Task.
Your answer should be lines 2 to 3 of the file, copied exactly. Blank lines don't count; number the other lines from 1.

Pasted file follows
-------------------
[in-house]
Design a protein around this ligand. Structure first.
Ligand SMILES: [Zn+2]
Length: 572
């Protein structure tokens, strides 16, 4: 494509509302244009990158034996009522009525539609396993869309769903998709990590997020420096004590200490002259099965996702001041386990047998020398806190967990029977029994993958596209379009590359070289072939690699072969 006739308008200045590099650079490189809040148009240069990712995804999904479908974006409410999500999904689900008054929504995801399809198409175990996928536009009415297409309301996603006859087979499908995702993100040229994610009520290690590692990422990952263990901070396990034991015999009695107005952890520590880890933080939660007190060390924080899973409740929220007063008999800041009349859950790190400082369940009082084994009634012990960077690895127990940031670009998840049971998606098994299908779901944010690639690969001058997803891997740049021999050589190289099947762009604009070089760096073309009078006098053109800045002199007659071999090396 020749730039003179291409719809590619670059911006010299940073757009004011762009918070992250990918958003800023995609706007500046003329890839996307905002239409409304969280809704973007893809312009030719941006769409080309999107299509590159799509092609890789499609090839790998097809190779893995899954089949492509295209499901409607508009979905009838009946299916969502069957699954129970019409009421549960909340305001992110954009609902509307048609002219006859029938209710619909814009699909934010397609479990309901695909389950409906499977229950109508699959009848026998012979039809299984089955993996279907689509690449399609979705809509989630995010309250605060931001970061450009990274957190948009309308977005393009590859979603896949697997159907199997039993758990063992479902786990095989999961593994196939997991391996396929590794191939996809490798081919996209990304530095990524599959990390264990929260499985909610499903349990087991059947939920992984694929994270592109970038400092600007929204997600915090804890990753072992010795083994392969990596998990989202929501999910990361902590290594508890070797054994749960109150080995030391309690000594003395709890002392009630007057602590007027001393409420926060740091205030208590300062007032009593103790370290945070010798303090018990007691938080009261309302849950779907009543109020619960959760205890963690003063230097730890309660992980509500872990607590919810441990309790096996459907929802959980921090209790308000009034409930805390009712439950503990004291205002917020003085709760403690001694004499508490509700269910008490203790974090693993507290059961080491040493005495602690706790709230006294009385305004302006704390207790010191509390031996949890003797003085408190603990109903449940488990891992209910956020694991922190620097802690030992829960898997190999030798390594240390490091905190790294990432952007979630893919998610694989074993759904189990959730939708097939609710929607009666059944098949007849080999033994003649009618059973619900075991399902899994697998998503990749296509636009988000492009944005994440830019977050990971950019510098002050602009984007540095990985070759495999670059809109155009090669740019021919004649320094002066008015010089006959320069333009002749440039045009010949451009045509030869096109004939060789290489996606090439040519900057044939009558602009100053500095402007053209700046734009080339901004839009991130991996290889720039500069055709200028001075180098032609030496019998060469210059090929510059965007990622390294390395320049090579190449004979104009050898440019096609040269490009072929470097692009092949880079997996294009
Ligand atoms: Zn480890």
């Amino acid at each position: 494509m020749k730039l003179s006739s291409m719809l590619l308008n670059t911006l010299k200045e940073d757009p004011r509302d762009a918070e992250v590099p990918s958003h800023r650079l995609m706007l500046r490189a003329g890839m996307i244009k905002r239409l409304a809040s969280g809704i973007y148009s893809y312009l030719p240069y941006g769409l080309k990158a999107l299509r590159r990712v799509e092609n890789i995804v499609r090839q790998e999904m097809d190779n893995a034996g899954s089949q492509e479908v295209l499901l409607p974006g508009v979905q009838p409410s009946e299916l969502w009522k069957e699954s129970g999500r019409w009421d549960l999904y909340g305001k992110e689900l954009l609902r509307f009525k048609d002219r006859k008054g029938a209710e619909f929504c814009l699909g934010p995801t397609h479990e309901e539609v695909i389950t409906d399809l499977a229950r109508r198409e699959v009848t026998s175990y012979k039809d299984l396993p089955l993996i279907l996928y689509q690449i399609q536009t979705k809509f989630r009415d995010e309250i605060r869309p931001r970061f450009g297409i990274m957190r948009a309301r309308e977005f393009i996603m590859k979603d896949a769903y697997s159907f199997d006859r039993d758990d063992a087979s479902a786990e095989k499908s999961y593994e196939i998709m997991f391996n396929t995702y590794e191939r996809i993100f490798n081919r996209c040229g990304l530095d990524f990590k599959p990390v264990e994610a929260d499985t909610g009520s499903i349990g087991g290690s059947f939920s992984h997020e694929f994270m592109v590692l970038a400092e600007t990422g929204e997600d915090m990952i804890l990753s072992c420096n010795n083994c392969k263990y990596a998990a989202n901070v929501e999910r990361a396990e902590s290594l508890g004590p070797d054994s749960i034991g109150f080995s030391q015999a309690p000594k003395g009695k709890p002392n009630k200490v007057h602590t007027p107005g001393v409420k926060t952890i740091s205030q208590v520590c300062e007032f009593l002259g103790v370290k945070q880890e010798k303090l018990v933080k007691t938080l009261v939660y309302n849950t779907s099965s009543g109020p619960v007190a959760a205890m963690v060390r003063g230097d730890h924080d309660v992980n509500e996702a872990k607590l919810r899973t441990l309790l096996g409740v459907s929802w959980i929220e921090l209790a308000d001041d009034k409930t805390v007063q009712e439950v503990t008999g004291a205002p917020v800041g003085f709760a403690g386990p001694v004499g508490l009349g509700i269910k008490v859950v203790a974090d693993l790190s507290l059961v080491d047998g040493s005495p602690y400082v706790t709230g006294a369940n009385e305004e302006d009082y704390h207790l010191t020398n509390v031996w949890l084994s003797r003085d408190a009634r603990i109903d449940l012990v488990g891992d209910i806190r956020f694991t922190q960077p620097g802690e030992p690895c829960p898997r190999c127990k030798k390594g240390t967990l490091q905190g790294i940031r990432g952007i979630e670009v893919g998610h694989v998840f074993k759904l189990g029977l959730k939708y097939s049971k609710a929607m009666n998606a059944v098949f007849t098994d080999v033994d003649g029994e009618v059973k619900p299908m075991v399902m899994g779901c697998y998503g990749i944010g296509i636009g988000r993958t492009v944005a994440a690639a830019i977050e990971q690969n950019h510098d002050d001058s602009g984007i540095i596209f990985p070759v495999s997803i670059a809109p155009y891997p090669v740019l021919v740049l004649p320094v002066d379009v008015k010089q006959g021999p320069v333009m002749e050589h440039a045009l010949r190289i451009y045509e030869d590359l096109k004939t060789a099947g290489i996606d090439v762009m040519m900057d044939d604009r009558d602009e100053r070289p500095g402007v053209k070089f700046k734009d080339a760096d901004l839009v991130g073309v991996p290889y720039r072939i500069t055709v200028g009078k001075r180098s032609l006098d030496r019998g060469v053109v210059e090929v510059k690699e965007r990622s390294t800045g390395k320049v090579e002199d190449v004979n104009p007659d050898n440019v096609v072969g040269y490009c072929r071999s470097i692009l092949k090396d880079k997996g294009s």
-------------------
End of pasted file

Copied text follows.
Design a protein around this ligand. Structure first.
Ligand SMILES: [Zn+2]